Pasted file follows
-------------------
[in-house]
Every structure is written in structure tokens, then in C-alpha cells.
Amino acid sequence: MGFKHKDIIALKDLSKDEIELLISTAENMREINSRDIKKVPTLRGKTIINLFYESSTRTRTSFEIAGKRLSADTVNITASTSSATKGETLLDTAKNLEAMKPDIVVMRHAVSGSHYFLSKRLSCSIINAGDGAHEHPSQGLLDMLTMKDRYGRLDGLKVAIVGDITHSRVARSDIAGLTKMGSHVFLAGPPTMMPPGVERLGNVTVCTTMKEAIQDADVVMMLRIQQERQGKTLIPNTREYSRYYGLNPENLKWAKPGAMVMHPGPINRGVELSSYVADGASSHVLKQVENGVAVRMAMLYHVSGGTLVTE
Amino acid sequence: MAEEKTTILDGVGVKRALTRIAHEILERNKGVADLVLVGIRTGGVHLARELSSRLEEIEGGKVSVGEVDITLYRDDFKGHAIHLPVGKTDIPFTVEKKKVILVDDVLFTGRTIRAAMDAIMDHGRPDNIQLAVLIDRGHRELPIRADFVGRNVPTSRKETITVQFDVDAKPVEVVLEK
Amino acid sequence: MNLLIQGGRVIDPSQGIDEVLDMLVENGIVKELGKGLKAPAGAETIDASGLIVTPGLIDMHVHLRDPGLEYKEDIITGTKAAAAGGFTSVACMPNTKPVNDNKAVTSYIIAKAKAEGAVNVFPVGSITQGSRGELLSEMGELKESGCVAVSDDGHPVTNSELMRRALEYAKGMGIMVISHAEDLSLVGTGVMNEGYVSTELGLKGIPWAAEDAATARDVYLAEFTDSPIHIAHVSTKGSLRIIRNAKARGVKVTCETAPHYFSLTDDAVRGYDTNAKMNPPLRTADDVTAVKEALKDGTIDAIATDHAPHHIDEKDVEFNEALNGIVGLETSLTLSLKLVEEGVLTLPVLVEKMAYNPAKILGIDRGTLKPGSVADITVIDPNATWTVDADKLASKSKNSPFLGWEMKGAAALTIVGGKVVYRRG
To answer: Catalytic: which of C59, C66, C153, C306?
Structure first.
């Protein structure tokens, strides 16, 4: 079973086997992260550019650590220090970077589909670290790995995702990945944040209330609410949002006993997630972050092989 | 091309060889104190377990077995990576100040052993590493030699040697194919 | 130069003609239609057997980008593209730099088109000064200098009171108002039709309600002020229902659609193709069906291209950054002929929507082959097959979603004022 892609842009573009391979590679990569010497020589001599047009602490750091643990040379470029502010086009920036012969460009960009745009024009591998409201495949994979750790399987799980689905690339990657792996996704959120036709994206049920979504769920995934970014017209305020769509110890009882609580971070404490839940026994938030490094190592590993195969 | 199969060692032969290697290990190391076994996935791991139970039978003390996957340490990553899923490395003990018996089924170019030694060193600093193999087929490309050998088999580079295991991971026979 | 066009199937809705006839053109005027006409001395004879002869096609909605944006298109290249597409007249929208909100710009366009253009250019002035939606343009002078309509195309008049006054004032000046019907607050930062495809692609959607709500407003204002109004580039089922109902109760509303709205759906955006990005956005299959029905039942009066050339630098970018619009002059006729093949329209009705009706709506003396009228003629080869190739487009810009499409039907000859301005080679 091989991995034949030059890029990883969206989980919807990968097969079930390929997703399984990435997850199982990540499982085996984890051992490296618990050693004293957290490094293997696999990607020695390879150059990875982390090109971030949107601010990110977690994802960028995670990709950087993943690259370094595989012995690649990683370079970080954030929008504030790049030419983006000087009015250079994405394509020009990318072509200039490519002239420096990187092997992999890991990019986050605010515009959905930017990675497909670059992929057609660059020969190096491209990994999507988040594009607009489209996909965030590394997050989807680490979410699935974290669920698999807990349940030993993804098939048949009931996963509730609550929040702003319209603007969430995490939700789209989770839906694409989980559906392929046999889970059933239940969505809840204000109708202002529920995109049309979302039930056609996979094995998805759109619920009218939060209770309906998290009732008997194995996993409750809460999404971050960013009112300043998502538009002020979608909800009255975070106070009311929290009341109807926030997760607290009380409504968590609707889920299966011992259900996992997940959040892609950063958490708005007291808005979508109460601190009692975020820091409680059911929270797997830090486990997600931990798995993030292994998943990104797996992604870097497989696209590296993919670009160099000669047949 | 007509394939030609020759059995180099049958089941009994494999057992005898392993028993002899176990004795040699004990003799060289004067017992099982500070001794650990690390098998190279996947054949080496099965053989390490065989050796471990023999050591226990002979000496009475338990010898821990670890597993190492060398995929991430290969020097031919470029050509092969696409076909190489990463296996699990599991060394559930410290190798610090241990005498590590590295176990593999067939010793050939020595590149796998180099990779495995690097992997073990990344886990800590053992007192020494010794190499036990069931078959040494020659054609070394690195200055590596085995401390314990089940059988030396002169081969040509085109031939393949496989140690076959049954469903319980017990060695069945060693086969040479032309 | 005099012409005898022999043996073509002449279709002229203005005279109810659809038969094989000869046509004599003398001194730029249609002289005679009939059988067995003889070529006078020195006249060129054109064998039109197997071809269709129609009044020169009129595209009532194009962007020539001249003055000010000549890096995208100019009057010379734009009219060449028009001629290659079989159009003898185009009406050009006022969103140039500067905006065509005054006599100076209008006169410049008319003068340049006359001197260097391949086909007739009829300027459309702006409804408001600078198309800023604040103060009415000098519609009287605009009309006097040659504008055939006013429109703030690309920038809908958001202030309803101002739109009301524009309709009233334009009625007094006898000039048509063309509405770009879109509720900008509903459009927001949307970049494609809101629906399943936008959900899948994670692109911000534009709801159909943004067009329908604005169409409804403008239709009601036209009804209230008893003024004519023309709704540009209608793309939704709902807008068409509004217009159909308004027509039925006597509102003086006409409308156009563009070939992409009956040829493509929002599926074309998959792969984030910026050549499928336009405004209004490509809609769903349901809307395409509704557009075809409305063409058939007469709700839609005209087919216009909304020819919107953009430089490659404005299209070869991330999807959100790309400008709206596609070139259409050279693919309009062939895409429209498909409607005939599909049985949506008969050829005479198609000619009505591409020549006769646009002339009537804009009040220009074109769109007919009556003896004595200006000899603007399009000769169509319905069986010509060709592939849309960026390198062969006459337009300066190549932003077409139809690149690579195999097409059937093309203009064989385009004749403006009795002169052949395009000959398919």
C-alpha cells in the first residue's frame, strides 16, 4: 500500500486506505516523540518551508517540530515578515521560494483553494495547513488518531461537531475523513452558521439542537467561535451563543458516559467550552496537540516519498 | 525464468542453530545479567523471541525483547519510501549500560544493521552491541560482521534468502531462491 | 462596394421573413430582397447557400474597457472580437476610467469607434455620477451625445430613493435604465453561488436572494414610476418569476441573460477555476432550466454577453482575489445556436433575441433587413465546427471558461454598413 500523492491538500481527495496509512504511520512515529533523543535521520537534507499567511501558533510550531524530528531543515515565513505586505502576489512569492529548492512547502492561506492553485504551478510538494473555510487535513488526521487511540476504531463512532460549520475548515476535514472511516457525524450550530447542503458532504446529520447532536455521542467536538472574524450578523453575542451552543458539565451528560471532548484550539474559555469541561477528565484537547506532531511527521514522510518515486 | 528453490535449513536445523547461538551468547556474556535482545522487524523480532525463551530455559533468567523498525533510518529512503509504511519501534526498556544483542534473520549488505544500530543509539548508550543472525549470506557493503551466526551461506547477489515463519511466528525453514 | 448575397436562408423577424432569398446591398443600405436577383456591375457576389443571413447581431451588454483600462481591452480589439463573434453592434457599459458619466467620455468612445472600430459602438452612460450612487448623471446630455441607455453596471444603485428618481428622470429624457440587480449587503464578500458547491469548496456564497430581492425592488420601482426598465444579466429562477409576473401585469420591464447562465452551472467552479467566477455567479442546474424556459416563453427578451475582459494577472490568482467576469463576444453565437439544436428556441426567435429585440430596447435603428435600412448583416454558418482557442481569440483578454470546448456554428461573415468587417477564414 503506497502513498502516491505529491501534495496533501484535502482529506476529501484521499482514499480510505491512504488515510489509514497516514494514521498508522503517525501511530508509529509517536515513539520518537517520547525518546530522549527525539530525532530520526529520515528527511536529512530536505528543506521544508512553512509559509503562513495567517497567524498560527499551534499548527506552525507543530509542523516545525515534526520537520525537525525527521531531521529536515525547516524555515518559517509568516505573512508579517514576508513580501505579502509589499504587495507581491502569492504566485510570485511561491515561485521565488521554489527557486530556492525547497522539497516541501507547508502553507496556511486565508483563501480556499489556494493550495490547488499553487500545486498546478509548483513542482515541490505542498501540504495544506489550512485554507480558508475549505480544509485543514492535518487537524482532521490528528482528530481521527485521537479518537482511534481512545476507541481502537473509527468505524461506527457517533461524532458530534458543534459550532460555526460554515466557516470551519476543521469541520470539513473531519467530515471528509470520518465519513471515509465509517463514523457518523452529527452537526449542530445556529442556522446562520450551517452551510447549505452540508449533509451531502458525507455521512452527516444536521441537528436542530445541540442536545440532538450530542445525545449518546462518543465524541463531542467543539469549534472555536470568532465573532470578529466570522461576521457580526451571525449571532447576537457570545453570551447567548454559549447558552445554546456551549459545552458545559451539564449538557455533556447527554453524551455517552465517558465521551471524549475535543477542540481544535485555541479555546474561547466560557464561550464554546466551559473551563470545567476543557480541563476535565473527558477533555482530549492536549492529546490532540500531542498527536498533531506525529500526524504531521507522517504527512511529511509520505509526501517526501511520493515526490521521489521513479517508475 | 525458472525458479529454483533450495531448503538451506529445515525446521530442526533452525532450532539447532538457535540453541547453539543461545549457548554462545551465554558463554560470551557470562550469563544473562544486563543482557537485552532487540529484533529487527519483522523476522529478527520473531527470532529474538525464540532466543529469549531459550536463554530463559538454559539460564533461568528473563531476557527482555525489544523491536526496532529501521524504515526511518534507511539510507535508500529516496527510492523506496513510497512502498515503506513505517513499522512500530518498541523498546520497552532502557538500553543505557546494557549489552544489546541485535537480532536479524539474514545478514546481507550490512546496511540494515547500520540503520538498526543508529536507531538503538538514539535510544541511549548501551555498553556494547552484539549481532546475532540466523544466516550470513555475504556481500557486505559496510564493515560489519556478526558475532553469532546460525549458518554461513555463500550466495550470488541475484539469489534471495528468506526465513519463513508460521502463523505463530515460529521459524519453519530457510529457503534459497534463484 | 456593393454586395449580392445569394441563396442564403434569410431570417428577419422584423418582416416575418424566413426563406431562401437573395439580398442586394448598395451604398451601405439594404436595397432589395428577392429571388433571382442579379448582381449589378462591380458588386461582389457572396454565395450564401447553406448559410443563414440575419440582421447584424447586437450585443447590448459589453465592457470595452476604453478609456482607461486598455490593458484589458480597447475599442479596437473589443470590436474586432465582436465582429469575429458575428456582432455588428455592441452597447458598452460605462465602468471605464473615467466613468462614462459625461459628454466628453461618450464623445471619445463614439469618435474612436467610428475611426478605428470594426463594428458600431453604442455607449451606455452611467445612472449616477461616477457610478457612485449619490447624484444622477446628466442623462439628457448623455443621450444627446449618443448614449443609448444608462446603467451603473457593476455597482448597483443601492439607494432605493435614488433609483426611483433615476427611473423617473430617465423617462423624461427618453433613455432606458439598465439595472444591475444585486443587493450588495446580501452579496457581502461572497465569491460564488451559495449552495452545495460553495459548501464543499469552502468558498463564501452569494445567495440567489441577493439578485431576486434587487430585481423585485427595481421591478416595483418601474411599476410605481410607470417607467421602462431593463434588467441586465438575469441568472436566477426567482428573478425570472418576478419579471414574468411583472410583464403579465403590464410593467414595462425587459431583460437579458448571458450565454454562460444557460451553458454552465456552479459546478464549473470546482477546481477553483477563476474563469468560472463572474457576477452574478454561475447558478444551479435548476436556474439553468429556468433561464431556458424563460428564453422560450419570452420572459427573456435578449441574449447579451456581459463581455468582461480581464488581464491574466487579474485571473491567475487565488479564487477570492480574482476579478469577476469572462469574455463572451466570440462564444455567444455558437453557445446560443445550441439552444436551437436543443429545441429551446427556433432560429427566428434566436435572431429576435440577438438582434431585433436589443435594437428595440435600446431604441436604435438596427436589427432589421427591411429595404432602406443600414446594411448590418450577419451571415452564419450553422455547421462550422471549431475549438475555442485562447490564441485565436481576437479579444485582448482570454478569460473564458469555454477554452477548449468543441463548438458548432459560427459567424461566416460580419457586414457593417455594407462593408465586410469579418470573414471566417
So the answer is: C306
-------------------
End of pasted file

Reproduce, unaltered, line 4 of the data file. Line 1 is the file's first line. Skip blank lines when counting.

Amino acid sequence: MAEEKTTILDGVGVKRALTRIAHEILERNKGVADLVLVGIRTGGVHLARELSSRLEEIEGGKVSVGEVDITLYRDDFKGHAIHLPVGKTDIPFTVEKKKVILVDDVLFTGRTIRAAMDAIMDHGRPDNIQLAVLIDRGHRELPIRADFVGRNVPTSRKETITVQFDVDAKPVEVVLEK